music, young presenters. cuba's latest television channel is an attempt to break from the past. unlike the heavily scripted newscasts on state tv, they are trying fresh formats, including links to correspondents abroad and twitter. revolutionary for even tv. as one of the founders of another left-wing latin america news channel, he says this venture will stand out as unique in cuba. >> the difference is that it will be a news and information channel with reports, analysis, on air for 18-hours a day. the majority of the coverage will be live.
reporter: most cubans see state media as an extension of the government's voice, such as the mouthpiece of the cuban communist party. this channel will only be considered popular if it is relevant to its viewers. the young journalists insist that despite restrictions they will report issues that matter to ordinary people. there can be little doubt that the way cubans consume news is changing. most young people would rather come to a public access wi-fi spot and tune into the nightly news. it is the cuban government's way of tackling that. it will not be easy to engage in the island's youth. today, a service was held in london's westminster for victims of the terror attack you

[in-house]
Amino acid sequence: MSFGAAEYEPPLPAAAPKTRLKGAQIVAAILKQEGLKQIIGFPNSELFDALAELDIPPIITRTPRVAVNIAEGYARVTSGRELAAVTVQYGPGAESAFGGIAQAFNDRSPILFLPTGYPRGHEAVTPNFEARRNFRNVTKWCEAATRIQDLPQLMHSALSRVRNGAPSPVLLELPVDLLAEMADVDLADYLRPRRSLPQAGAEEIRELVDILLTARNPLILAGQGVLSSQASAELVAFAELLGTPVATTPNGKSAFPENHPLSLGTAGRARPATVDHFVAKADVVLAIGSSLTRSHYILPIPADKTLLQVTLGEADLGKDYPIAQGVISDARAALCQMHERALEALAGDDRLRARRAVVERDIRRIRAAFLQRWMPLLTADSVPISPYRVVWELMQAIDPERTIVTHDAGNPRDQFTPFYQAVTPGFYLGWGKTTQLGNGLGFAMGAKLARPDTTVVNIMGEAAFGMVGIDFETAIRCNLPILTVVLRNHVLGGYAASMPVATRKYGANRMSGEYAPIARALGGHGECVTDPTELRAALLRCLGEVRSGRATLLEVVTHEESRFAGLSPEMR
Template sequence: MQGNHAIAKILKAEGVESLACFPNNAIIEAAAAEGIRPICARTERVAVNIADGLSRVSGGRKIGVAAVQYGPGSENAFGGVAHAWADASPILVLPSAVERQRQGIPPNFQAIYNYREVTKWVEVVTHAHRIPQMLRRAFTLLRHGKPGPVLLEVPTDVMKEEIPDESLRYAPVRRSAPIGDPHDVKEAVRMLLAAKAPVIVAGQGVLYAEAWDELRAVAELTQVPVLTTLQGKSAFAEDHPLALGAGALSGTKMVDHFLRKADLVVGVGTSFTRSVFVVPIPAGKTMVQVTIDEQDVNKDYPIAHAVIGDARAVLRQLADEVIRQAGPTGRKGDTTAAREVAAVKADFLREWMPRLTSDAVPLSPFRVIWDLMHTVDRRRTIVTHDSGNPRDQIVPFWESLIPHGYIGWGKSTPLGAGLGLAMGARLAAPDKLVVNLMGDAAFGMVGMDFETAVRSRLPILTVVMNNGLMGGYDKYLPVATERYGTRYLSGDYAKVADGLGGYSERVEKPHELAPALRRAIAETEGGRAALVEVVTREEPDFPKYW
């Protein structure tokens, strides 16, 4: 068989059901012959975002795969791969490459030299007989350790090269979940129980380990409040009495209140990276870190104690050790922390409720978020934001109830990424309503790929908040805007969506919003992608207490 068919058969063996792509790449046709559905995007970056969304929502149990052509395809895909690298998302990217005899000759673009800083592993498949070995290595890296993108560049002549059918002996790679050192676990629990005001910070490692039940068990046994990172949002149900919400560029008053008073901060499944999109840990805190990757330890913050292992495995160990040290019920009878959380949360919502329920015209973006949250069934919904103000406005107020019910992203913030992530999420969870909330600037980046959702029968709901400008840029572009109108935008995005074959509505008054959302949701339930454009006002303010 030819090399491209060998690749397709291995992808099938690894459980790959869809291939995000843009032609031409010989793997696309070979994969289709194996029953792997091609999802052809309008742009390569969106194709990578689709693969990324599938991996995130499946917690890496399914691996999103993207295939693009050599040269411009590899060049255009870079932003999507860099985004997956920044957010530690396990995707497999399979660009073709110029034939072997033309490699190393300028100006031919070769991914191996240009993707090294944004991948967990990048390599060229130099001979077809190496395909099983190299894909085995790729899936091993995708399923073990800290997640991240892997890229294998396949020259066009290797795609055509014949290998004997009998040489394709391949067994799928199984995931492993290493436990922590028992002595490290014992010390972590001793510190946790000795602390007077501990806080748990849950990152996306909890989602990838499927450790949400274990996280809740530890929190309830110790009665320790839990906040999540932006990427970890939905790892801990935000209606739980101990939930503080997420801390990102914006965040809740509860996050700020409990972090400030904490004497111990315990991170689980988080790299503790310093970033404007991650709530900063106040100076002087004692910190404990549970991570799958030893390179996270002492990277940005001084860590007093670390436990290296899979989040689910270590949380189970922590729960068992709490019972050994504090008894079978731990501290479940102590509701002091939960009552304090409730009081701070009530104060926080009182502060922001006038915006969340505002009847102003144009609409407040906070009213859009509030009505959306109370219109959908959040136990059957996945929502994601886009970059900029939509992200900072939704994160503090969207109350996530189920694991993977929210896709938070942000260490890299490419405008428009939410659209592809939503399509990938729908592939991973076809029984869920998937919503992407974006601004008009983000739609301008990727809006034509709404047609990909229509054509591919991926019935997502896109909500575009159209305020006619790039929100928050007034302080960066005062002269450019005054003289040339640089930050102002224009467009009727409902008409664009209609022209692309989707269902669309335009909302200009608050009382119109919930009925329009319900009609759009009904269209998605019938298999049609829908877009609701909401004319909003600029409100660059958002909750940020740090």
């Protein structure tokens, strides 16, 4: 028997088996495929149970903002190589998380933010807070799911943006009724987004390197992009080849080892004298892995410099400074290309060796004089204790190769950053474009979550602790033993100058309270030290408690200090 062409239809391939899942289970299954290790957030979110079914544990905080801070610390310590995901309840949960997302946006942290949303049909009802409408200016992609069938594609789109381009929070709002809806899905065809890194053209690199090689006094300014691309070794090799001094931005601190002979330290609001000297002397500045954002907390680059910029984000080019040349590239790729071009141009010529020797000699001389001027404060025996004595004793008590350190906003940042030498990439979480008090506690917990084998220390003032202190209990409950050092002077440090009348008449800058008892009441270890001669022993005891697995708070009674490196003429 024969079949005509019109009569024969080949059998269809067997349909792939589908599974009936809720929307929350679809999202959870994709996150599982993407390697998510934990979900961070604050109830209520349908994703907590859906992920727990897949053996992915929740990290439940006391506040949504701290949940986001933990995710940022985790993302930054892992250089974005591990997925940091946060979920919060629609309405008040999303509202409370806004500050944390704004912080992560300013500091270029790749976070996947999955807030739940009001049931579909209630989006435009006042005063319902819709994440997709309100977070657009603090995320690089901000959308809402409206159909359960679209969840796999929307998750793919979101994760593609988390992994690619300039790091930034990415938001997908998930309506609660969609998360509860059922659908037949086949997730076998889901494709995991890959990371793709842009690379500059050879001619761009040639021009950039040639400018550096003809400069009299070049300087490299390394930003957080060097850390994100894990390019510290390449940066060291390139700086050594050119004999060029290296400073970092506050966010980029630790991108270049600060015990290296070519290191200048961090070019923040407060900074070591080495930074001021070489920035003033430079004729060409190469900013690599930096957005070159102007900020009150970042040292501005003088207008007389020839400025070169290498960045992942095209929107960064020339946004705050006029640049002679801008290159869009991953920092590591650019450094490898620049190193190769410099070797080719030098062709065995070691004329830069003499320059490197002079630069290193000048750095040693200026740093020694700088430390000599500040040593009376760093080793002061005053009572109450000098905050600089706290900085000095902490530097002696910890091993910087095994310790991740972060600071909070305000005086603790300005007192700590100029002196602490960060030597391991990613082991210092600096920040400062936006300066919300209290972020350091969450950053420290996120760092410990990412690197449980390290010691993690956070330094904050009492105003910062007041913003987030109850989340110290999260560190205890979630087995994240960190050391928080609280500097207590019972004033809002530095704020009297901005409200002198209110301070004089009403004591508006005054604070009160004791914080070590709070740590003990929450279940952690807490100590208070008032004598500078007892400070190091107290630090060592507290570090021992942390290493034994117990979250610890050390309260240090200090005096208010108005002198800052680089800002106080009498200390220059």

the house of parliament. along with members of the royal family, was melissa cochran from utah. her and her husband were both hit by the car. kurt was killed, melissa was badly injured. they were celebrating their 25th wedding anniversary. >> kurt was probably the best man i've ever met. he was sweet and kind. and i am extremely proud of him and i'm very happy that the world now knows what a wonderful man he was. he would probably hate all the publicity that is going on. he is a private kind of person. very generous, very sweet. the love of my life.
reporter: what can you remember about the day? >> we were just having another wonderful day in our vacation. just enjoying the sights, taking pictures, making our way to the abbey. i don't remember much more after that. crossing the bridge. we were almost there. reporter: you have no recollection of the car? the attack itself? >> i don't. ,eporter: there is a photograph you are on the ground being helped by passerby. do you recall all of that? >> the panic of not being able to see my husband anywhere, or know what was going on. it was quite scary. reporter: and when did you find